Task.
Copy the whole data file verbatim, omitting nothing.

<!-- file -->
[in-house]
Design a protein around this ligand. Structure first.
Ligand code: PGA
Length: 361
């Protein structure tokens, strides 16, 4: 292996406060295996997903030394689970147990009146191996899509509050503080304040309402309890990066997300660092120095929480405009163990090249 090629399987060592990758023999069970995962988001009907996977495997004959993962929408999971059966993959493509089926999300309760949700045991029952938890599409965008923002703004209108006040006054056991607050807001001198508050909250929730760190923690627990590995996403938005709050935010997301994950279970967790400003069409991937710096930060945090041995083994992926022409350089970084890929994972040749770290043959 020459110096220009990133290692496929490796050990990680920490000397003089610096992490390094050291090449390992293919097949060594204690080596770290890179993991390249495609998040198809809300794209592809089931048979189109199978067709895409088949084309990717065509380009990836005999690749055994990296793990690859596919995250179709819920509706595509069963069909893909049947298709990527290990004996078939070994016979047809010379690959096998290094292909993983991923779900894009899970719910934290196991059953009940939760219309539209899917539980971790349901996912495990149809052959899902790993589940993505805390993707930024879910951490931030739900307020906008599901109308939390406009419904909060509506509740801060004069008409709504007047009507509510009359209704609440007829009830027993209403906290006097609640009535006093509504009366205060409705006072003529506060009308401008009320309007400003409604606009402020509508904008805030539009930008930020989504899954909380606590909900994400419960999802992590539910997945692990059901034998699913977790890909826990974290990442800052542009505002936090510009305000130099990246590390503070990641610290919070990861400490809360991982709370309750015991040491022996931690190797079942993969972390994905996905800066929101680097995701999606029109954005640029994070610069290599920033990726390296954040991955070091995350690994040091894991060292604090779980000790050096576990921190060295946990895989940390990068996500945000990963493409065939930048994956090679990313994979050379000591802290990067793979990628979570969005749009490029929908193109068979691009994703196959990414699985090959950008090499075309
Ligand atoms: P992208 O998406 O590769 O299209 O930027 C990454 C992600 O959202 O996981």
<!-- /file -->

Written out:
[in-house]
Design a protein around this ligand. Structure first.
Ligand code: PGA
Length: 361
């Protein structure tokens, strides 16, 4: 292996406060295996997903030394689970147990009146191996899509509050503080304040309402309890990066997300660092120095929480405009163990090249 090629399987060592990758023999069970995962988001009907996977495997004959993962929408999971059966993959493509089926999300309760949700045991029952938890599409965008923002703004209108006040006054056991607050807001001198508050909250929730760190923690627990590995996403938005709050935010997301994950279970967790400003069409991937710096930060945090041995083994992926022409350089970084890929994972040749770290043959 020459110096220009990133290692496929490796050990990680920490000397003089610096992490390094050291090449390992293919097949060594204690080596770290890179993991390249495609998040198809809300794209592809089931048979189109199978067709895409088949084309990717065509380009990836005999690749055994990296793990690859596919995250179709819920509706595509069963069909893909049947298709990527290990004996078939070994016979047809010379690959096998290094292909993983991923779900894009899970719910934290196991059953009940939760219309539209899917539980971790349901996912495990149809052959899902790993589940993505805390993707930024879910951490931030739900307020906008599901109308939390406009419904909060509506509740801060004069008409709504007047009507509510009359209704609440007829009830027993209403906290006097609640009535006093509504009366205060409705006072003529506060009308401008009320309007400003409604606009402020509508904008805030539009930008930020989504899954909380606590909900994400419960999802992590539910997945692990059901034998699913977790890909826990974290990442800052542009505002936090510009305000130099990246590390503070990641610290919070990861400490809360991982709370309750015991040491022996931690190797079942993969972390994905996905800066929101680097995701999606029109954005640029994070610069290599920033990726390296954040991955070091995350690994040091894991060292604090779980000790050096576990921190060295946990895989940390990068996500945000990963493409065939930048994956090679990313994979050379000591802290990067793979990628979570969005749009490029929908193109068979691009994703196959990414699985090959950008090499075309
Ligand atoms: P992208 O998406 O590769 O299209 O930027 C990454 C992600 O959202 O996981």